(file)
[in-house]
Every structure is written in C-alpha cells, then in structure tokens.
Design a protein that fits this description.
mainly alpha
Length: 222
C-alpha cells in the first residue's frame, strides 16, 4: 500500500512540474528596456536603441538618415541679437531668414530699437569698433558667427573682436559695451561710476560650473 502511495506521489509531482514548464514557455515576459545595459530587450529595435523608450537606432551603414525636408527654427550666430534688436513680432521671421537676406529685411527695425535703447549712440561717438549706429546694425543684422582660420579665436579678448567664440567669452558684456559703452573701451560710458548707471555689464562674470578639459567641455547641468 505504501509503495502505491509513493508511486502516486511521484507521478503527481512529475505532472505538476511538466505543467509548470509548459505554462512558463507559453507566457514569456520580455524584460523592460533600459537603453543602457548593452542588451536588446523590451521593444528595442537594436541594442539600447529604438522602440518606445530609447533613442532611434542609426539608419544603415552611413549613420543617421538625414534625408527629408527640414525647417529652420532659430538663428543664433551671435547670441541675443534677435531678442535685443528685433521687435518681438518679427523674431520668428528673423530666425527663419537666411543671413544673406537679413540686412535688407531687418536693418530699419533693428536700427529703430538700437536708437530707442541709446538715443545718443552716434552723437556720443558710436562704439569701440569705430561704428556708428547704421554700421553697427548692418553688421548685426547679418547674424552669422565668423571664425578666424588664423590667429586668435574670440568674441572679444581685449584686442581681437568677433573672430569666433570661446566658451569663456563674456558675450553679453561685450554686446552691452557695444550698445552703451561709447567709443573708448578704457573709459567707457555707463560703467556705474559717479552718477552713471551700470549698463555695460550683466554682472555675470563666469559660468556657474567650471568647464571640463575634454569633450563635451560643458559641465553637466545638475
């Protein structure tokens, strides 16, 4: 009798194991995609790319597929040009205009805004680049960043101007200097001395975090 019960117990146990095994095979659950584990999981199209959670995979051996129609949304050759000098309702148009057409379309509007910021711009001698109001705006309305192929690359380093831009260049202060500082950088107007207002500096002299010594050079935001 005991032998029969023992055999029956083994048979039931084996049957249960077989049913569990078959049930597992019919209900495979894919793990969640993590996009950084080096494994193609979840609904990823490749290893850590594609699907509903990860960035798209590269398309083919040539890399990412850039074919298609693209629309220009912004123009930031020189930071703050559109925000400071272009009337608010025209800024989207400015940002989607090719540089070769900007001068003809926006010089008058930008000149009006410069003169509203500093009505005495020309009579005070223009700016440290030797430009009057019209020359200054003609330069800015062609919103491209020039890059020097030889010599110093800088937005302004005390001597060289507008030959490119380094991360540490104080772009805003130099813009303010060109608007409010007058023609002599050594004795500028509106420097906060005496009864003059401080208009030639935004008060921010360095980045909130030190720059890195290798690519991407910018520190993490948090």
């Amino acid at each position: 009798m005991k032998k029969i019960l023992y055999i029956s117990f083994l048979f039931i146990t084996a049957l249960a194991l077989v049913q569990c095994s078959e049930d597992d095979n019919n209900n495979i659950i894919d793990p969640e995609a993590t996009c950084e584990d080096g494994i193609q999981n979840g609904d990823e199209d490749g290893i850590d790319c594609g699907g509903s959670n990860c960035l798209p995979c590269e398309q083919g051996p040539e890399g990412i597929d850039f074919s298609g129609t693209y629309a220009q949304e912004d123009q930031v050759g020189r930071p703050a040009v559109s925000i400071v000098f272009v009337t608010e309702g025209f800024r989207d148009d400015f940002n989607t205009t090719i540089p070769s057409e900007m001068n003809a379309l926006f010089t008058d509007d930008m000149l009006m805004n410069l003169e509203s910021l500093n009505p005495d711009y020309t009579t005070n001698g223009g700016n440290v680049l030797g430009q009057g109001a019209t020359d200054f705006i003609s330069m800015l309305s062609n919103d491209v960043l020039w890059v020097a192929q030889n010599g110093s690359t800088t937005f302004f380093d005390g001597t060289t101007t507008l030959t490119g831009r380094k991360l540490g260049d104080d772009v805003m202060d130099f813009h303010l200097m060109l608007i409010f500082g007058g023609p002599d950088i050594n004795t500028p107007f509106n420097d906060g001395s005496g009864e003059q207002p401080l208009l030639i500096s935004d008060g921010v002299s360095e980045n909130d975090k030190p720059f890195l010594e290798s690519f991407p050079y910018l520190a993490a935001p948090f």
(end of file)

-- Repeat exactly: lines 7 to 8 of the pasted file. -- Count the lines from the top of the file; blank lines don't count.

């Protein structure tokens, strides 16, 4: 009798194991995609790319597929040009205009805004680049960043101007200097001395975090 019960117990146990095994095979659950584990999981199209959670995979051996129609949304050759000098309702148009057409379309509007910021711009001698109001705006309305192929690359380093831009260049202060500082950088107007207002500096002299010594050079935001 005991032998029969023992055999029956083994048979039931084996049957249960077989049913569990078959049930597992019919209900495979894919793990969640993590996009950084080096494994193609979840609904990823490749290893850590594609699907509903990860960035798209590269398309083919040539890399990412850039074919298609693209629309220009912004123009930031020189930071703050559109925000400071272009009337608010025209800024989207400015940002989607090719540089070769900007001068003809926006010089008058930008000149009006410069003169509203500093009505005495020309009579005070223009700016440290030797430009009057019209020359200054003609330069800015062609919103491209020039890059020097030889010599110093800088937005302004005390001597060289507008030959490119380094991360540490104080772009805003130099813009303010060109608007409010007058023609002599050594004795500028509106420097906060005496009864003059401080208009030639935004008060921010360095980045909130030190720059890195290798690519991407910018520190993490948090």
């Amino acid at each position: 009798m005991k032998k029969i019960l023992y055999i029956s117990f083994l048979f039931i146990t084996a049957l249960a194991l077989v049913q569990c095994s078959e049930d597992d095979n019919n209900n495979i659950i894919d793990p969640e995609a993590t996009c950084e584990d080096g494994i193609q999981n979840g609904d990823e199209d490749g290893i850590d790319c594609g699907g509903s959670n990860c960035l798209p995979c590269e398309q083919g051996p040539e890399g990412i597929d850039f074919s298609g129609t693209y629309a220009q949304e912004d123009q930031v050759g020189r930071p703050a040009v559109s925000i400071v000098f272009v009337t608010e309702g025209f800024r989207d148009d400015f940002n989607t205009t090719i540089p070769s057409e900007m001068n003809a379309l926006f010089t008058d509007d930008m000149l009006m805004n410069l003169e509203s910021l500093n009505p005495d711009y020309t009579t005070n001698g223009g700016n440290v680049l030797g430009q009057g109001a019209t020359d200054f705006i003609s330069m800015l309305s062609n919103d491209v960043l020039w890059v020097a192929q030889n010599g110093s690359t800088t937005f302004f380093d005390g001597t060289t101007t507008l030959t490119g831009r380094k991360l540490g260049d104080d772009v805003m202060d130099f813009h303010l200097m060109l608007i409010f500082g007058g023609p002599d950088i050594n004795t500028p107007f509106n420097d906060g001395s005496g009864e003059q207002p401080l208009l030639i500096s935004d008060g921010v002299s360095e980045n909130d975090k030190p720059f890195l010594e290798s690519f991407p050079y910018l520190a993490a935001p948090f």